- Bend knees and bring your heels as close as you can to your booty.
- With knees hip-width apart, grab hold of your ankles. Point your toes.
- Lift heels away from your butt as you lift head, chest, and thighs from the floor. Slowly rotate your shoulders as you do. Only your core should be touching the mat at the apex of your lift.
- Draw tailbone in as you deepen the stretch.
- Slowly lower back down.
Great for: Tennis players, gymnasts, baseball players
10. Pigeon Pose
- Start on all fours and bring right knee to right wrist. Your right ankle should fall in front of your left hip.
- Slide left leg back, heel facing up.
- Lower your upper body so your torso is over your right knee and hold for several breaths.
Modification: Your hips should be level in this pose. If you feel a little off-balance, support your butt with a block or folded blanket.
Another mod: A Half Pigeon is also effective — instead of lowering your upper body, keep it perpendicular to the floor.
Great for: Basketball players, football players, runners
Some credit mandatory yoga instruction for getting the Seattle Seahawks to the Super Bowl a while back.
Who knows if it was all those Cobra and Locust Poses that helped them beat out the competition, but science does show that yoga provides a number of performance benefits for athletes, including:
Flexibility, balance, and coordination — oh my!
Good news too: A small 2016 study measured yoga’s effectiveness on performance in 26 male college athletes. Those who did yoga twice a week saw “significant” improvements in their balance and flexibility compared with those who didn’t.
Master concentration ➡️ master the craft
It’s no secret that yoga can improve mindfulness, which basically is the art of living in the present moment. Focusing on your breath and body is a great way to be *fully present,* which may be just what athletes need to improve their focus.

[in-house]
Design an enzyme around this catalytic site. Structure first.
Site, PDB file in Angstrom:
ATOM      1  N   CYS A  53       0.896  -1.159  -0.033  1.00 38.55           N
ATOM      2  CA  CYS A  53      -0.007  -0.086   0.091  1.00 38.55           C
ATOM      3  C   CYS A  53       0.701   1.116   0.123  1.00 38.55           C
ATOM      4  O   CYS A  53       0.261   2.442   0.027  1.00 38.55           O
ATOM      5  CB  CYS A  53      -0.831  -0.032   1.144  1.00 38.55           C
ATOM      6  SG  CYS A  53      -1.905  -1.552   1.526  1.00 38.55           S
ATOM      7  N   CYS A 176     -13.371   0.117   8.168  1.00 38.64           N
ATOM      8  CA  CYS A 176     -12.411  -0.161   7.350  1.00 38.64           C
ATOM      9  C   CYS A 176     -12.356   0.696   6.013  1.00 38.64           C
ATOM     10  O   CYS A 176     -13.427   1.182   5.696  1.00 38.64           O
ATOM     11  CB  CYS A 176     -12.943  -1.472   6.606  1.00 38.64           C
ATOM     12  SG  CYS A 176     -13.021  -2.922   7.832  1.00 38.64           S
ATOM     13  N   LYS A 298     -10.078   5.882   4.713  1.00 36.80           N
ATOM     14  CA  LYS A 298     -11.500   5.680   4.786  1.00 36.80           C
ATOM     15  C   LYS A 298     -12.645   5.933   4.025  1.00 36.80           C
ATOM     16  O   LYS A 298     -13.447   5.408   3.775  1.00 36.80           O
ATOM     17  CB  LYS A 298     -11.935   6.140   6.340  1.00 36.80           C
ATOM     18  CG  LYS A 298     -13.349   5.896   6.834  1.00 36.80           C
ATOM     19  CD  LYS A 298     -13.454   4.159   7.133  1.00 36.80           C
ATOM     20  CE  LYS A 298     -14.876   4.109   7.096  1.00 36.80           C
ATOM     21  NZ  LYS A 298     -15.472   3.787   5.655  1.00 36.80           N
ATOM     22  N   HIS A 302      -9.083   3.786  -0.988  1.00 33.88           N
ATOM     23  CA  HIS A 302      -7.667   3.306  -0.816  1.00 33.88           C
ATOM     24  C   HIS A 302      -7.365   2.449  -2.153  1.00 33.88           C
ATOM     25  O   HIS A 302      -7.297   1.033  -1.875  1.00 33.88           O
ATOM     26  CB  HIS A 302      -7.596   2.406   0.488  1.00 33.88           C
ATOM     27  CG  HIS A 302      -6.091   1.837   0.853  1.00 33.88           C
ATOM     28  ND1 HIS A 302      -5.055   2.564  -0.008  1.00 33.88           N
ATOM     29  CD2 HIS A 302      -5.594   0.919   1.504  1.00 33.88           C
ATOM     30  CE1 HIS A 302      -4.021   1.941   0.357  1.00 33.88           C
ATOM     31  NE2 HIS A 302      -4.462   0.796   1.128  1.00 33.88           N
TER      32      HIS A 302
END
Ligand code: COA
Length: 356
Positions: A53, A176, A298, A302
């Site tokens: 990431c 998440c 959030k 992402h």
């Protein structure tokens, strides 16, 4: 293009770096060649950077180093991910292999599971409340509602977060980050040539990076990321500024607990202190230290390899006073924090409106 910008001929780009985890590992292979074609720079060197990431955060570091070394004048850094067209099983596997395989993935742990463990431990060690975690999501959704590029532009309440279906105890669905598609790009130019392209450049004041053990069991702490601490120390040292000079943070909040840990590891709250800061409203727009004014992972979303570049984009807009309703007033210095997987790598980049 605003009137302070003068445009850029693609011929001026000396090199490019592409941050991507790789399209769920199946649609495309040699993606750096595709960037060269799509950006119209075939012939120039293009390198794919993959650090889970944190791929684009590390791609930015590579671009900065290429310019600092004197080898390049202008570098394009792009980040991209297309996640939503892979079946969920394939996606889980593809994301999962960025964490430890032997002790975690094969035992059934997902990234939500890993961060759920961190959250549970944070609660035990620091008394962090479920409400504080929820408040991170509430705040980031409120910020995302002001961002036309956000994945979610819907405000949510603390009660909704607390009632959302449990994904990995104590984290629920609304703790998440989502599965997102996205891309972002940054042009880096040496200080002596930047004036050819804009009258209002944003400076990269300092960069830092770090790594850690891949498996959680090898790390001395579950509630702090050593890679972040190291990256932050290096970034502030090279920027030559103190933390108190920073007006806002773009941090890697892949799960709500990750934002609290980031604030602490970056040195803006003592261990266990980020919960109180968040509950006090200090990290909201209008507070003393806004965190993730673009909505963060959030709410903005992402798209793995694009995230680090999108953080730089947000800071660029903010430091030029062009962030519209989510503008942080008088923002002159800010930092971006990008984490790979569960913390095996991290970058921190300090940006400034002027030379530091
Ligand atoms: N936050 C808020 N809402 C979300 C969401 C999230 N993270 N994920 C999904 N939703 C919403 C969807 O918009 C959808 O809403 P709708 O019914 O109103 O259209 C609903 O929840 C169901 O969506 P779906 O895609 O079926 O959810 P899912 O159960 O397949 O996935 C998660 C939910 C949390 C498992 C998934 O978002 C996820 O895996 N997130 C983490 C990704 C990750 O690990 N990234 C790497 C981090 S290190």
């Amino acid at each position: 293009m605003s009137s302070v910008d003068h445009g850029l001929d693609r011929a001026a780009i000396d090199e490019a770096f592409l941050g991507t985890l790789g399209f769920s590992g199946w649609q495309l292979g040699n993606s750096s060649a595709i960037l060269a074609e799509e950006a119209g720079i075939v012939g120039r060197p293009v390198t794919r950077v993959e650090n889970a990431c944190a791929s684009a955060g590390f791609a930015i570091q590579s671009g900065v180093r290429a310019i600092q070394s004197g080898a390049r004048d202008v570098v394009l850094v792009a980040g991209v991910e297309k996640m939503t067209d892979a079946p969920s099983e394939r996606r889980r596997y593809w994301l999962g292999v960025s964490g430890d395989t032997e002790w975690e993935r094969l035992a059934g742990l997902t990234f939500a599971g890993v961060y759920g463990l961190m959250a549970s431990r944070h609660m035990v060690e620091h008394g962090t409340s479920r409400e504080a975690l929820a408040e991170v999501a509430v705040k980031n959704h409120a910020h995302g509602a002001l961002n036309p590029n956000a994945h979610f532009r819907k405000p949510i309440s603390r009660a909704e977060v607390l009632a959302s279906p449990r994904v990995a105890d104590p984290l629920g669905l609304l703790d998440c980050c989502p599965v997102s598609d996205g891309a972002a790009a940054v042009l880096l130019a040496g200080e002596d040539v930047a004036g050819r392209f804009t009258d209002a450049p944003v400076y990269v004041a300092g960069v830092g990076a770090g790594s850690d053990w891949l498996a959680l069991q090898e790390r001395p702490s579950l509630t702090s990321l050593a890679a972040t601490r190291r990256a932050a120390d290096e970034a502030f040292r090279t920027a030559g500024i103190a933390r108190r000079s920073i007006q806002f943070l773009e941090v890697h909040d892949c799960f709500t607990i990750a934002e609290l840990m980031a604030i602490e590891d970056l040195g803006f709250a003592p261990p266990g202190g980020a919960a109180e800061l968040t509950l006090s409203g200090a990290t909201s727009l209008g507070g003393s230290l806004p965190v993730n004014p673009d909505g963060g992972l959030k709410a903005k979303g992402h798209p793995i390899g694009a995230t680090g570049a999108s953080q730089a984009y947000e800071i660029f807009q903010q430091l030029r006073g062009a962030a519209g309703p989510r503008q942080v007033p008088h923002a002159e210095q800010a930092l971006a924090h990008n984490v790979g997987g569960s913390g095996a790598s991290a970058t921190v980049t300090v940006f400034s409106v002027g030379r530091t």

In a 2017 review, researchers concluded that practicing mindfulness regularly — surprise! — led to improved performance in a number of athletes. Afterward, this mindfulness habit was shown to have positive effects on shooting and dart throwing.
So, while more research needs to be done before we can draw any major conclusions, yoga just might help with the heightened concentration necessary for precision sports. (Or at least help you beat everyone in darts at the bar.)
Temp regulation and blood flow
If you’re going to do yoga, why not make it steamy?
They found that hot yoga improved cardiovascular performance and plasma volume percentage, which helps regulate temperature while you move.
Adding even a little yoga to your normal routine could result in big gains — whether that’s in your sports performance or your making-it-through-your-commute-without-screaming performance.
Here are some tips for fitting yoga into your weekly exercise regimen:
- Set aside the time. Consider setting aside 10 or 15 minutes before or after your regular workouts to dedicate to yoga. When you seamlessly integrate it with your existing sched, sticking to the habit will come much more easily. If you’re loving it, you can always build up to longer sessions.
- Make it enjoyable. Make yoga a time to relax, explore, have fun, challenge yourself, or restore — whatever gets you going. When you look forward to doing it, you’ll get more out of it, and you’ll be less likely to skip it in favor of lounging on the couch. (But hey, who’s judging?)
- Do what works for you. Some people love doing yoga solo, while others prefer going to class and bringing a buddy along for that added layer of accountability. Find what works best for your fitness goals, budget, and schedule. There’s no one right way to add yoga to your routine. As with yoga itself, flexibility is key.
Yoga can provide a number of benefits for athletes, such as improved flexibility, balance, performance, coordination, and concentration. Doing hot yoga may also aid in cardiovascular health and temperature regulation.
Adding yoga to your exercise routine is highly personal, so take some time to experiment and find what works best for you. If you’re not sure where to start, consider taking a beginner’s yoga class or connecting with a fellow athlete who’s experienced in yoga.